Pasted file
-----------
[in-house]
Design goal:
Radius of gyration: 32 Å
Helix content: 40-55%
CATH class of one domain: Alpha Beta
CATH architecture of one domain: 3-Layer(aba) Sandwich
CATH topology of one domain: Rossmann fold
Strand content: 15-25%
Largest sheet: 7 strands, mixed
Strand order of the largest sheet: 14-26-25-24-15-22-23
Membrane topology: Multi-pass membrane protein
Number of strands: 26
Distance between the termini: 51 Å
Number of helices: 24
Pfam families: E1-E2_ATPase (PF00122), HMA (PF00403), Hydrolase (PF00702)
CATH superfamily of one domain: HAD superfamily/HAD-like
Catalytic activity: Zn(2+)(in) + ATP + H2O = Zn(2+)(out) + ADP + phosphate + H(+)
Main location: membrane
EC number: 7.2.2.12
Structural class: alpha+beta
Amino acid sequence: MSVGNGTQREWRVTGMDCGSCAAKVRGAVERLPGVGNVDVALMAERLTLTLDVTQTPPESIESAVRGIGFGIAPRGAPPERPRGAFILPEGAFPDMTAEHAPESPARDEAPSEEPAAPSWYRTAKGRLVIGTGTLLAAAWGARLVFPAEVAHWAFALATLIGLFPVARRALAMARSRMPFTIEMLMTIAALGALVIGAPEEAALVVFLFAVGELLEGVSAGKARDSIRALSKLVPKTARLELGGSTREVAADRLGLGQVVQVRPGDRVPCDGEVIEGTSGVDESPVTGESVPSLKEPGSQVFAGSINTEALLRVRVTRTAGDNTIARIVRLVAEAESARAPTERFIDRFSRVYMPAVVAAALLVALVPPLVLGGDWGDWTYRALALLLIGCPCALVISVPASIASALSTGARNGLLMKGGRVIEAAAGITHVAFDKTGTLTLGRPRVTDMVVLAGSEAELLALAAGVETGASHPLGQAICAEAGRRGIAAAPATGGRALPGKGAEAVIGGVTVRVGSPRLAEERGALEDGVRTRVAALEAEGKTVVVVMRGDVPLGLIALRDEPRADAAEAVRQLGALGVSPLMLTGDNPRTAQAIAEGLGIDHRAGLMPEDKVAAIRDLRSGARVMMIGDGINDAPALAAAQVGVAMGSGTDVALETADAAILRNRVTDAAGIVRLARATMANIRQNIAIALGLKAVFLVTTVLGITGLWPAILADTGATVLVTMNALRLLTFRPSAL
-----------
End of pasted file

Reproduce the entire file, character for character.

[in-house]
Design goal:
Radius of gyration: 32 Å
Helix content: 40-55%
CATH class of one domain: Alpha Beta
CATH architecture of one domain: 3-Layer(aba) Sandwich
CATH topology of one domain: Rossmann fold
Strand content: 15-25%
Largest sheet: 7 strands, mixed
Strand order of the largest sheet: 14-26-25-24-15-22-23
Membrane topology: Multi-pass membrane protein
Number of strands: 26
Distance between the termini: 51 Å
Number of helices: 24
Pfam families: E1-E2_ATPase (PF00122), HMA (PF00403), Hydrolase (PF00702)
CATH superfamily of one domain: HAD superfamily/HAD-like
Catalytic activity: Zn(2+)(in) + ATP + H2O = Zn(2+)(out) + ADP + phosphate + H(+)
Main location: membrane
EC number: 7.2.2.12
Structural class: alpha+beta
Amino acid sequence: MSVGNGTQREWRVTGMDCGSCAAKVRGAVERLPGVGNVDVALMAERLTLTLDVTQTPPESIESAVRGIGFGIAPRGAPPERPRGAFILPEGAFPDMTAEHAPESPARDEAPSEEPAAPSWYRTAKGRLVIGTGTLLAAAWGARLVFPAEVAHWAFALATLIGLFPVARRALAMARSRMPFTIEMLMTIAALGALVIGAPEEAALVVFLFAVGELLEGVSAGKARDSIRALSKLVPKTARLELGGSTREVAADRLGLGQVVQVRPGDRVPCDGEVIEGTSGVDESPVTGESVPSLKEPGSQVFAGSINTEALLRVRVTRTAGDNTIARIVRLVAEAESARAPTERFIDRFSRVYMPAVVAAALLVALVPPLVLGGDWGDWTYRALALLLIGCPCALVISVPASIASALSTGARNGLLMKGGRVIEAAAGITHVAFDKTGTLTLGRPRVTDMVVLAGSEAELLALAAGVETGASHPLGQAICAEAGRRGIAAAPATGGRALPGKGAEAVIGGVTVRVGSPRLAEERGALEDGVRTRVAALEAEGKTVVVVMRGDVPLGLIALRDEPRADAAEAVRQLGALGVSPLMLTGDNPRTAQAIAEGLGIDHRAGLMPEDKVAAIRDLRSGARVMMIGDGINDAPALAAAQVGVAMGSGTDVALETADAAILRNRVTDAAGIVRLARATMANIRQNIAIALGLKAVFLVTTVLGITGLWPAILADTGATVLVTMNALRLLTFRPSAL